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Violent knockoff kids cartoons have YouTube strengthening review process

YouTube Kids
dennizn / 123RF
Upcoming policy changes and an expanded review process will help keep YouTube videos mixing popular kids characters with adult content away from young eyes. This week, YouTube shared a new policy that will go live in the next few weeks to keep the unusual segment of videos mixing kids characters with violence and sexual content away from the YouTubes Kids app, as well as inaccessible to users logged into a desktop account not registered to an adult.

While an article by The New York Times pointed out the growing issue earlier this week, YouTube says it was already working on a solution and the update is not a result of the recent news. Once the update launches, videos that are flagged in the YouTube main app will automatically be age-restricted, which prevents the video from appearing inside of the YouTube Kids app.

The changes involve a mix of both computer algorithms and human reviewers. First, the computer system will flag any videos with potentially harmful content. A team of policy reviewers will then review any flagged content. Since flagged videos are automatically removed, those videos won’t appear inside the kids app unless a human reviewer finds the video isn’t in violation, though YouTube’s statement on having thousands of reviewers in different time zones suggests flagged videos won’t remain in this limbo for very long.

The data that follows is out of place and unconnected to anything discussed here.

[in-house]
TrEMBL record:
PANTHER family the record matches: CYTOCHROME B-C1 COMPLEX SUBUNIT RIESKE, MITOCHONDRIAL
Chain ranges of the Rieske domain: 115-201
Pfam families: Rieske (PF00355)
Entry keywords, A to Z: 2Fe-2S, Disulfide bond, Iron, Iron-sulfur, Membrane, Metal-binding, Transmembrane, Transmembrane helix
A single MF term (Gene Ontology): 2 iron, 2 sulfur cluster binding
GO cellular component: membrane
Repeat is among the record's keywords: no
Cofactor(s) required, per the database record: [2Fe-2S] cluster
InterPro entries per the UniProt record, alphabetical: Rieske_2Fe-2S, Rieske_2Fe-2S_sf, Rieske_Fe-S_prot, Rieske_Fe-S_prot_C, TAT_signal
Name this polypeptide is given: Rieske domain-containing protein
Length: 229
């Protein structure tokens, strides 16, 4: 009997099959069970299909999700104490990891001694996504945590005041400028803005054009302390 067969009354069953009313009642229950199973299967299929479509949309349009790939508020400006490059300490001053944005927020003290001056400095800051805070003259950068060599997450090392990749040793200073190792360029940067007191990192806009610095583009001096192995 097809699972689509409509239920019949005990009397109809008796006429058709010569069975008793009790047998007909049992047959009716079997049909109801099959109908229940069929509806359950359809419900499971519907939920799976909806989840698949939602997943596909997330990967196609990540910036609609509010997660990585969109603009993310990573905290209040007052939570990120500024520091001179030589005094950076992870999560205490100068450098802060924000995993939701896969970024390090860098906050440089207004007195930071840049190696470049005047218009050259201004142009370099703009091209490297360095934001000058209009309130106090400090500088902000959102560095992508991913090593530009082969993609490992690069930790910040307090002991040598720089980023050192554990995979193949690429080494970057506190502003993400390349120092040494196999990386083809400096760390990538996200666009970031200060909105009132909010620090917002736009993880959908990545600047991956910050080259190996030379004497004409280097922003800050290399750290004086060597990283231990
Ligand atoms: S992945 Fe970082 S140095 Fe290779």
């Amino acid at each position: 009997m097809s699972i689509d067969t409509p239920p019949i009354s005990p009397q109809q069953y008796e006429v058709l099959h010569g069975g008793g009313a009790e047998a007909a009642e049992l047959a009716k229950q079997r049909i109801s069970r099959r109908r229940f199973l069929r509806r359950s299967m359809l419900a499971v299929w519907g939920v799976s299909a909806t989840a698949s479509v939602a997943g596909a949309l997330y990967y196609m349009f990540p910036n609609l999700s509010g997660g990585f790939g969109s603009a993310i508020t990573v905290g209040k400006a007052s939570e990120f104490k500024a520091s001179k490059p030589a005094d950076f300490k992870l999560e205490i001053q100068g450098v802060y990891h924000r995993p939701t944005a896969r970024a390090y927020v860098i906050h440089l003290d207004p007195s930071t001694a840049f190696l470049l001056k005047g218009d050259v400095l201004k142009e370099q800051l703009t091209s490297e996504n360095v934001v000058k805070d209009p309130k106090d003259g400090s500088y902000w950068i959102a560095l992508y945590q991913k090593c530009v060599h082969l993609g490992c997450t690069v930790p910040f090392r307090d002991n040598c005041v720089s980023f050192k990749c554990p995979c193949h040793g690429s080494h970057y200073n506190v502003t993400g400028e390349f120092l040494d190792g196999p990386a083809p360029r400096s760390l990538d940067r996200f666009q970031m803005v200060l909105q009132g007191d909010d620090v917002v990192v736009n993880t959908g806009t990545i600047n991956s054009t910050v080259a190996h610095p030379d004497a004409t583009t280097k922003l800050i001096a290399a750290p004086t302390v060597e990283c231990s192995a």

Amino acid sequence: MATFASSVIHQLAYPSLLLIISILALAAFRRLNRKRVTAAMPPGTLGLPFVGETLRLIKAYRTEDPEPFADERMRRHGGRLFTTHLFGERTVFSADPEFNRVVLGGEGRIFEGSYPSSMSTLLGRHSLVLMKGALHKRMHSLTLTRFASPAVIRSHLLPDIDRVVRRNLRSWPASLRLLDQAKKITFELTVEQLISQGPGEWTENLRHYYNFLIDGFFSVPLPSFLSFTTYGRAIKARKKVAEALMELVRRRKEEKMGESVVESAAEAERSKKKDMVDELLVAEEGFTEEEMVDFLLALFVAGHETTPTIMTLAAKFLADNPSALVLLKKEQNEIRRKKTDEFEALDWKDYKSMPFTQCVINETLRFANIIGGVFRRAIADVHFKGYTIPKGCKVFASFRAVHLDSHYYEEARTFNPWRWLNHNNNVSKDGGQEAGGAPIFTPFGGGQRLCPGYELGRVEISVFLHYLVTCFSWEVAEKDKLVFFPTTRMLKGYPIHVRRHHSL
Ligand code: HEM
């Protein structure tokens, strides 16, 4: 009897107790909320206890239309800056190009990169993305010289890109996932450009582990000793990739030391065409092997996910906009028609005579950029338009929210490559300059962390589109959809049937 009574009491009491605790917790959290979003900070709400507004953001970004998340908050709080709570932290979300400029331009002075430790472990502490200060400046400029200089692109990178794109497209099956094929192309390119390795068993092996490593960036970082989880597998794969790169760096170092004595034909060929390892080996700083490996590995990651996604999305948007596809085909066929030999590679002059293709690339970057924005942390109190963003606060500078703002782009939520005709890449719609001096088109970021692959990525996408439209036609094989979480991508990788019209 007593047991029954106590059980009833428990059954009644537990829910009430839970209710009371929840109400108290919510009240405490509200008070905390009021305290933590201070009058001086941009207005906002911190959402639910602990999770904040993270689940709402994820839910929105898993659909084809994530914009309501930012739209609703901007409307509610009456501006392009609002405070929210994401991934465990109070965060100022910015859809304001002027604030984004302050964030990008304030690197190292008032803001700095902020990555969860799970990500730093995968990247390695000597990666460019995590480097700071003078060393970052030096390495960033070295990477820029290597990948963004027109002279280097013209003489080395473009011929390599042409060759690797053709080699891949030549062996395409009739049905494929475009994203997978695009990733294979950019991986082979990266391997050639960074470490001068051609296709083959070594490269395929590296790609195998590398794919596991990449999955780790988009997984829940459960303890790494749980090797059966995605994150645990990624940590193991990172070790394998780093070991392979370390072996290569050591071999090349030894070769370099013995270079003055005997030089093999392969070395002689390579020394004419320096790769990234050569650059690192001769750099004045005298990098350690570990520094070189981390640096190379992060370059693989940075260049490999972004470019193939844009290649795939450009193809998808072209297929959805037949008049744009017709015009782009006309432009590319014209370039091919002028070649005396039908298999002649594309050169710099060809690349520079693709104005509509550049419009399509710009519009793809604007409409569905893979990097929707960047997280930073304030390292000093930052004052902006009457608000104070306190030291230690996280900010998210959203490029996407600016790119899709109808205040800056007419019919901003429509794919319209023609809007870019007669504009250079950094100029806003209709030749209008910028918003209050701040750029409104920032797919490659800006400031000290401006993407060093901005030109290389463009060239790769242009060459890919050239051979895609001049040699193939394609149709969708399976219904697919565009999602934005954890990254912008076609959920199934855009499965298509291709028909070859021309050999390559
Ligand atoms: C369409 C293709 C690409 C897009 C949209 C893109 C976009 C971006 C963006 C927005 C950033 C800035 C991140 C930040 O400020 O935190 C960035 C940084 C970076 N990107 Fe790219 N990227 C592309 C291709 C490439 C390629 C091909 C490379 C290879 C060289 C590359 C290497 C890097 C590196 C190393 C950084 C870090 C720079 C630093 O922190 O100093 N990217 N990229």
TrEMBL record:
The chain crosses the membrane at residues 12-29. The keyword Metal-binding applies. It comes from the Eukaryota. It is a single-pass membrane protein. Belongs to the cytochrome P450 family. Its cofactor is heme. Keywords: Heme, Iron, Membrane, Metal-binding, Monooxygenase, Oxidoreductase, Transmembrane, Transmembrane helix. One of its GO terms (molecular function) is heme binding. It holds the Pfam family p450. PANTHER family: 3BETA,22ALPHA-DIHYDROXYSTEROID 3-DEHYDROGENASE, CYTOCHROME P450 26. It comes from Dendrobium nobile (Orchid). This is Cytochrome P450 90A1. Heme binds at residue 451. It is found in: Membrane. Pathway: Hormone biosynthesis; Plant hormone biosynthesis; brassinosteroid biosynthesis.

The knockoff cartoons won’t be deleted from YouTube, but videos that violate the new policy will be age-restricted. Along with not being part of the YouTube Kids app, age-restricted videos also are not available to users who are logged into an account that lists an age under 18. Along with the mix of algorithms and staff reviews, YouTube says it also has volunteers looking for inappropriate content as well.

Earlier this year, YouTube removed advertising from these types of videos, which means creators no longer have a monetary motive for creating this kind of content. The change was launched along with adding videos designed to stir up hate to the list of content not eligible for revenue.

Last week, YouTube launched a redesign of the Kids app, with individual profiles for each child and a user interface that changes based on the age of the child. The company says that YouTube Kids now has more than 11 million users that are active every week.

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